Wind power is the one of the most passive of all technologies. The windmills require little maintenance and when used in large farms, can provide massive amounts of power which is fed back into the power grid.
The availability of wind is wind power's strongest aspect. It can be used in areas that too remote to make power lines economical, but it can also be used on a large scale to supply cities with an auxiliary power source.
The use of wind power depends on three things. First is the location of the area in question. The second is the proximity of the nearest power grid. And third is the customer is question. While wind power presents an economical solution for a farmer living in Montana, it is probably not as much an option for a large city. Firstly, the farmer is likely miles from the nearest power grid and it looking for a power source to power a relatively small amount. Here the farmer is an excellent customer for wind power. The second scenario is the city of Redwood. Redwood is located it a low plains area is looking to supply power to the entire city with power. Here wind is not most economical solution but could still be used as an auxiliary power to provide power during peak load time.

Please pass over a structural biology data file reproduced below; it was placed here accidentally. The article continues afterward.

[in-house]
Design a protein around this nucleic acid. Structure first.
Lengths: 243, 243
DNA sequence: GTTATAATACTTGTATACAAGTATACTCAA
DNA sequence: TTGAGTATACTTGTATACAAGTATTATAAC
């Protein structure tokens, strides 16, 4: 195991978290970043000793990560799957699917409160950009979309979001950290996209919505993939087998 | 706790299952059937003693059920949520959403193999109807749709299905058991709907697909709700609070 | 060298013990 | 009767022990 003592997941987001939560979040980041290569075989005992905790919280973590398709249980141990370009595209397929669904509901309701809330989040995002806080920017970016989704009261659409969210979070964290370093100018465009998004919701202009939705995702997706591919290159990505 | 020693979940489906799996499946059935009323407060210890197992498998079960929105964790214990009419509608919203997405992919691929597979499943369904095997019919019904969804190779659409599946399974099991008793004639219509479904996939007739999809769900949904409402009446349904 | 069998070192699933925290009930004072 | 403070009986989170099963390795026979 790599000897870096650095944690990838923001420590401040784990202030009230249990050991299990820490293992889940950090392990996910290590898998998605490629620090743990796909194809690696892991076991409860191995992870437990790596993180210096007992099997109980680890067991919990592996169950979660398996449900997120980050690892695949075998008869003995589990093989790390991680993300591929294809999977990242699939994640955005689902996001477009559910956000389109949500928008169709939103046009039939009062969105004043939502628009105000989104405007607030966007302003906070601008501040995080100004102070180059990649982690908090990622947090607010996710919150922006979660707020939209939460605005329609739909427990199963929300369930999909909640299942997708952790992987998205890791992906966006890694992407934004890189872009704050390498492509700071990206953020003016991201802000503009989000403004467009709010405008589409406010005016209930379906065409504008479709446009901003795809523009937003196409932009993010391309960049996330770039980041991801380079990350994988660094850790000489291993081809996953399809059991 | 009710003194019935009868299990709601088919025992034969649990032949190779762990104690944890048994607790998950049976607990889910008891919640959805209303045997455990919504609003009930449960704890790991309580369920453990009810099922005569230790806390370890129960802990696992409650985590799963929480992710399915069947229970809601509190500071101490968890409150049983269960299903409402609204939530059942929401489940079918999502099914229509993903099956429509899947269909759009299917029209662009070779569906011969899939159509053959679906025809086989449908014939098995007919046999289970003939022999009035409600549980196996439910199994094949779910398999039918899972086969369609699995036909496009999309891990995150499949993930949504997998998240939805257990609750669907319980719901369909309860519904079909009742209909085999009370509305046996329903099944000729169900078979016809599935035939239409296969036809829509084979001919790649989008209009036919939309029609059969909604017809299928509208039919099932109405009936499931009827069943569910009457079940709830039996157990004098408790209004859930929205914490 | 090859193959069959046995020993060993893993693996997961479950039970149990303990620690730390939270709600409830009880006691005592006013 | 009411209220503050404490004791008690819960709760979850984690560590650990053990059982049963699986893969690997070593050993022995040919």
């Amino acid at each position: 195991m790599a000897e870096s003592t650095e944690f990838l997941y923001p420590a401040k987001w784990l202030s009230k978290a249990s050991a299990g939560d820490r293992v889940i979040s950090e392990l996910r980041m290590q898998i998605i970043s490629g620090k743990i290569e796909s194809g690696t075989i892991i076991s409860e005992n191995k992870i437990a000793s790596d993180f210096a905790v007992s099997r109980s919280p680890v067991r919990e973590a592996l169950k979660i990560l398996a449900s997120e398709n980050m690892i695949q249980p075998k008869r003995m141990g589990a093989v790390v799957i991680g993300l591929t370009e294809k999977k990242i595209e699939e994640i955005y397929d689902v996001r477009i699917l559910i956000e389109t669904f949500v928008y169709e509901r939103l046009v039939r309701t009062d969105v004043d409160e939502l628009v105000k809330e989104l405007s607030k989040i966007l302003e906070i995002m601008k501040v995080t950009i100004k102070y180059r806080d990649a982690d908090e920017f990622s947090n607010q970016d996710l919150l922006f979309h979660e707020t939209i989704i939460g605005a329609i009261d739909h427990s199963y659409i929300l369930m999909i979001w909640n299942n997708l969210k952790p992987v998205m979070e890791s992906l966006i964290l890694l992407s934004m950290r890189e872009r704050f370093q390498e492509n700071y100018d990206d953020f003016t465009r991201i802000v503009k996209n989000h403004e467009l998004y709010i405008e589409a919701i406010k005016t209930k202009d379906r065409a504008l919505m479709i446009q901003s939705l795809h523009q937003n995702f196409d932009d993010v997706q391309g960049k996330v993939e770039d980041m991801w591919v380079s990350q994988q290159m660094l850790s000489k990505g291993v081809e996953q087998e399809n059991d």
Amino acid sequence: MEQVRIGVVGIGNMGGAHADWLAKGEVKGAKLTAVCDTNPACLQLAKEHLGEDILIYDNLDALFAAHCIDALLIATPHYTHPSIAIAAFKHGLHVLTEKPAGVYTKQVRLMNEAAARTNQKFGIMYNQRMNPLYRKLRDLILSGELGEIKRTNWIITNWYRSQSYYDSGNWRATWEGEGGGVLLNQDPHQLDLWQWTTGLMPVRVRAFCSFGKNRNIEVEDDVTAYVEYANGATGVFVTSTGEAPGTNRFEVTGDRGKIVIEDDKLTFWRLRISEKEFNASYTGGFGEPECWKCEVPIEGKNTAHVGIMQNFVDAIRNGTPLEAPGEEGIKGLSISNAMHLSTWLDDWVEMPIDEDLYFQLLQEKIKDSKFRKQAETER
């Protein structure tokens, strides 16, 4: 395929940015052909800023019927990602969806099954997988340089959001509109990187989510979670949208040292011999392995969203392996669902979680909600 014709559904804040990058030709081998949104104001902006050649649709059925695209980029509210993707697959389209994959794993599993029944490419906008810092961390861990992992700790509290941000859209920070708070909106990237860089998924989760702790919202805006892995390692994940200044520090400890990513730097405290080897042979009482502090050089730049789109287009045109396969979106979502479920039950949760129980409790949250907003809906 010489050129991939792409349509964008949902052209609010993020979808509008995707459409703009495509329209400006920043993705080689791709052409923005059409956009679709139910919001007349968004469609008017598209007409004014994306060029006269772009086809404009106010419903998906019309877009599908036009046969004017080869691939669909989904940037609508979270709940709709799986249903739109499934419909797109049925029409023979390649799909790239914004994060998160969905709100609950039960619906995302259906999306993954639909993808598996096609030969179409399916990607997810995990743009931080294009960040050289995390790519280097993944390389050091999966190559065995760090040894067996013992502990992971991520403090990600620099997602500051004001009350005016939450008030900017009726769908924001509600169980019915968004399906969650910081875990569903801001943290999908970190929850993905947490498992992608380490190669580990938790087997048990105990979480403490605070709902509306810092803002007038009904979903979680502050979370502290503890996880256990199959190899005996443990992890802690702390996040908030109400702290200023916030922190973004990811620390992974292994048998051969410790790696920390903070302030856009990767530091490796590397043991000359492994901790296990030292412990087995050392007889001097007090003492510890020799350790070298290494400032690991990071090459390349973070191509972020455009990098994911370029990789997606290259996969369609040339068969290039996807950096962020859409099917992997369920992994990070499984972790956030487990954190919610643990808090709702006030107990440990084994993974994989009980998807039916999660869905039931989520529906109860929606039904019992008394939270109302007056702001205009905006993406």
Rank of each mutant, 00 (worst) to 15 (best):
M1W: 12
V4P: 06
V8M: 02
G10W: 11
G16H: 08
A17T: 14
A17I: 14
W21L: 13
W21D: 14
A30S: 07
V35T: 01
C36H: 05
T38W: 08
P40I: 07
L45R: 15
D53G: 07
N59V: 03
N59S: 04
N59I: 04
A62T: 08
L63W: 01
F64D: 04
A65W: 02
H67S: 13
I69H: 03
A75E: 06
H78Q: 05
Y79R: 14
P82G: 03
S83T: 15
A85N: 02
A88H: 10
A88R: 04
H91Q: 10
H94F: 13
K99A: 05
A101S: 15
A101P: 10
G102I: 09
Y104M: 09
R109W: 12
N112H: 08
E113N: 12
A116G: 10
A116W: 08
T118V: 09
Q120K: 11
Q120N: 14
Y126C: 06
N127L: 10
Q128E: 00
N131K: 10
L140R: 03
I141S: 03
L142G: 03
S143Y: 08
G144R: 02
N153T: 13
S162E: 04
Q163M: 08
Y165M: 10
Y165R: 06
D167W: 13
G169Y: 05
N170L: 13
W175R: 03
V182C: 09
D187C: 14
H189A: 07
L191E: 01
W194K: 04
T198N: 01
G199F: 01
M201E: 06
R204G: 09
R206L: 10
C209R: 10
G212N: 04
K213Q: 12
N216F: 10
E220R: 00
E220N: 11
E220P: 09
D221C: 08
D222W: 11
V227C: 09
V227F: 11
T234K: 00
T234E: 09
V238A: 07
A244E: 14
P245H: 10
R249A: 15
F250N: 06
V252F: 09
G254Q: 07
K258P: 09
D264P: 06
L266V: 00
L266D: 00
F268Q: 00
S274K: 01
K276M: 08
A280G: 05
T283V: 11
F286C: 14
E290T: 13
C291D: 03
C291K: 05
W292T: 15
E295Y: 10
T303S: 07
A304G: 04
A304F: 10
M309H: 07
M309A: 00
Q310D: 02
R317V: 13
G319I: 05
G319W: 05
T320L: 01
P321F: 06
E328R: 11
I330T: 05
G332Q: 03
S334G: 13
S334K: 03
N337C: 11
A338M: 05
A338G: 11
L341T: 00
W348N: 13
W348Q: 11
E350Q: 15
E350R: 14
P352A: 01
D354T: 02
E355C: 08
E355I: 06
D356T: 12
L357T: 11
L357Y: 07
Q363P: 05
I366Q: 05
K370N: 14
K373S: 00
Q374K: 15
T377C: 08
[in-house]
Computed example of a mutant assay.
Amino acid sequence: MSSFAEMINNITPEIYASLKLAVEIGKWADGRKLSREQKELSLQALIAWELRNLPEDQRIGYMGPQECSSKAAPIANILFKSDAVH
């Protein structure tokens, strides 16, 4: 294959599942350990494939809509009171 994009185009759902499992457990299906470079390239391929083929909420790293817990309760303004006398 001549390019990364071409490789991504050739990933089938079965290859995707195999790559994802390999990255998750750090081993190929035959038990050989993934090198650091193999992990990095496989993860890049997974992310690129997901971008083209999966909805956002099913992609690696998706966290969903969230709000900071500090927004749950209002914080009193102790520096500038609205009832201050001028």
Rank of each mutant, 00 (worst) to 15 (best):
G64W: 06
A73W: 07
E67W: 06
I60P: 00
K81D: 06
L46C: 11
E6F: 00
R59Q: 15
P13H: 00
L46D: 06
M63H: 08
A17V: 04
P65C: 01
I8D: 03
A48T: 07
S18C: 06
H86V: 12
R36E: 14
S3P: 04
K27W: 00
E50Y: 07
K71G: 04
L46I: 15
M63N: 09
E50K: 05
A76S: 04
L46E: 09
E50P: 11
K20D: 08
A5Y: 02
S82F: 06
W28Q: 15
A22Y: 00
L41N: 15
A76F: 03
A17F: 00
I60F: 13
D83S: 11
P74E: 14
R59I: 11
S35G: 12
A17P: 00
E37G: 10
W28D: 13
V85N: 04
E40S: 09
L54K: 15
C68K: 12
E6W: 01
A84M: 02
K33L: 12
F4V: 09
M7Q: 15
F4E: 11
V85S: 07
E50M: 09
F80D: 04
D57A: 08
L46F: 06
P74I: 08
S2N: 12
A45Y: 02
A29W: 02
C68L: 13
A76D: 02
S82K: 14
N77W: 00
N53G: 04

"Wind power is now the world's fastest growing energy source." So reports the Worldwatch institute. The Department of Energy is currently providing funds for several wind power projects (1). Currently, worldwide production exceeds 4000MW. " Wind energy is growing internationally too." Wind power is on the up and up in the Status Quo.
And now the question that could determine the future of the United States, can wind be a total solution for the current energy needs? " More than a dozen American an European companies, many with government assistance, are pursuing advanced wind technologies that are believed capable of closing the remaining cost gap with fossil fuel plants," says Christopher Flavin. Wind power is becoming more and more a economical solution for people worldwide as well as in the remote corners of the United States. The future of wind power will depend upon advances in its own technology sector as well as its appeal to companies for use in major power grids. *